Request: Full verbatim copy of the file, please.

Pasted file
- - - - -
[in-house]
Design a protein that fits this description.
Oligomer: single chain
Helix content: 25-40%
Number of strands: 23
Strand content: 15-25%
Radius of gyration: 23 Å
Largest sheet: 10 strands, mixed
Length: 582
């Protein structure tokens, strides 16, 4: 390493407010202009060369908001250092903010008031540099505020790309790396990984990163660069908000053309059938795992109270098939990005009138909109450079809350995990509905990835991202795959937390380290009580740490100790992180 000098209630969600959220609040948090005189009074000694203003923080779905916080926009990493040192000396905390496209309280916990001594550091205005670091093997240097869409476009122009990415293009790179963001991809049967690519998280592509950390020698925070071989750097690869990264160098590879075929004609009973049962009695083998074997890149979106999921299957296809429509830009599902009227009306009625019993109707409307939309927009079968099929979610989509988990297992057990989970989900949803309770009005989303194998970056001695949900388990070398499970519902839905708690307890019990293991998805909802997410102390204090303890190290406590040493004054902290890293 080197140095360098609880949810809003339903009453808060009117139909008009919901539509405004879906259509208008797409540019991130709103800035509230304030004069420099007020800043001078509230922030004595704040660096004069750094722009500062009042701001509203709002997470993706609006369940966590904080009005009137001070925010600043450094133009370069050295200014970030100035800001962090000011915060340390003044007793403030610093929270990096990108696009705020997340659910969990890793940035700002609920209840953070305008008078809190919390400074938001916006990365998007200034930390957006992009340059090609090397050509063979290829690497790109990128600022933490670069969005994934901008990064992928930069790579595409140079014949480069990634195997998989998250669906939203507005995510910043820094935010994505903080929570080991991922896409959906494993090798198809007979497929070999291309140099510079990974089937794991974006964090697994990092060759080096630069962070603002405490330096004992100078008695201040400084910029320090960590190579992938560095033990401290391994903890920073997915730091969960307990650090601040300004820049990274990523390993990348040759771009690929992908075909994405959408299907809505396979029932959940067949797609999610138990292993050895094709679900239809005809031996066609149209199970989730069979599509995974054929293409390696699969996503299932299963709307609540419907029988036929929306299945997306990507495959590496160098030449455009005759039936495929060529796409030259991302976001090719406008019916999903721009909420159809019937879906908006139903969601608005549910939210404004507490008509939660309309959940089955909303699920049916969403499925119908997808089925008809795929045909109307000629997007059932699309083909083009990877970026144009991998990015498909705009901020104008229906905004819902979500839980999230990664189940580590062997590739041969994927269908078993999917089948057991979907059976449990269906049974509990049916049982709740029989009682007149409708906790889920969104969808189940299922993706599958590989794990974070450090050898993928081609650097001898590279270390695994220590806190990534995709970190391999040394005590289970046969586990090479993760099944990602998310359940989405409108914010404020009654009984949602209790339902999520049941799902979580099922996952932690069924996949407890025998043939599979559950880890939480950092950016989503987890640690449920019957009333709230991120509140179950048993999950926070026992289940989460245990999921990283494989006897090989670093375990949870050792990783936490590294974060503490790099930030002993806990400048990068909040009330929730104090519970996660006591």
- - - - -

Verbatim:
[in-house]
Design a protein that fits this description.
Oligomer: single chain
Helix content: 25-40%
Number of strands: 23
Strand content: 15-25%
Radius of gyration: 23 Å
Largest sheet: 10 strands, mixed
Length: 582
């Protein structure tokens, strides 16, 4: 390493407010202009060369908001250092903010008031540099505020790309790396990984990163660069908000053309059938795992109270098939990005009138909109450079809350995990509905990835991202795959937390380290009580740490100790992180 000098209630969600959220609040948090005189009074000694203003923080779905916080926009990493040192000396905390496209309280916990001594550091205005670091093997240097869409476009122009990415293009790179963001991809049967690519998280592509950390020698925070071989750097690869990264160098590879075929004609009973049962009695083998074997890149979106999921299957296809429509830009599902009227009306009625019993109707409307939309927009079968099929979610989509988990297992057990989970989900949803309770009005989303194998970056001695949900388990070398499970519902839905708690307890019990293991998805909802997410102390204090303890190290406590040493004054902290890293 080197140095360098609880949810809003339903009453808060009117139909008009919901539509405004879906259509208008797409540019991130709103800035509230304030004069420099007020800043001078509230922030004595704040660096004069750094722009500062009042701001509203709002997470993706609006369940966590904080009005009137001070925010600043450094133009370069050295200014970030100035800001962090000011915060340390003044007793403030610093929270990096990108696009705020997340659910969990890793940035700002609920209840953070305008008078809190919390400074938001916006990365998007200034930390957006992009340059090609090397050509063979290829690497790109990128600022933490670069969005994934901008990064992928930069790579595409140079014949480069990634195997998989998250669906939203507005995510910043820094935010994505903080929570080991991922896409959906494993090798198809007979497929070999291309140099510079990974089937794991974006964090697994990092060759080096630069962070603002405490330096004992100078008695201040400084910029320090960590190579992938560095033990401290391994903890920073997915730091969960307990650090601040300004820049990274990523390993990348040759771009690929992908075909994405959408299907809505396979029932959940067949797609999610138990292993050895094709679900239809005809031996066609149209199970989730069979599509995974054929293409390696699969996503299932299963709307609540419907029988036929929306299945997306990507495959590496160098030449455009005759039936495929060529796409030259991302976001090719406008019916999903721009909420159809019937879906908006139903969601608005549910939210404004507490008509939660309309959940089955909303699920049916969403499925119908997808089925008809795929045909109307000629997007059932699309083909083009990877970026144009991998990015498909705009901020104008229906905004819902979500839980999230990664189940580590062997590739041969994927269908078993999917089948057991979907059976449990269906049974509990049916049982709740029989009682007149409708906790889920969104969808189940299922993706599958590989794990974070450090050898993928081609650097001898590279270390695994220590806190990534995709970190391999040394005590289970046969586990090479993760099944990602998310359940989405409108914010404020009654009984949602209790339902999520049941799902979580099922996952932690069924996949407890025998043939599979559950880890939480950092950016989503987890640690449920019957009333709230991120509140179950048993999950926070026992289940989460245990999921990283494989006897090989670093375990949870050792990783936490590294974060503490790099930030002993806990400048990068909040009330929730104090519970996660006591």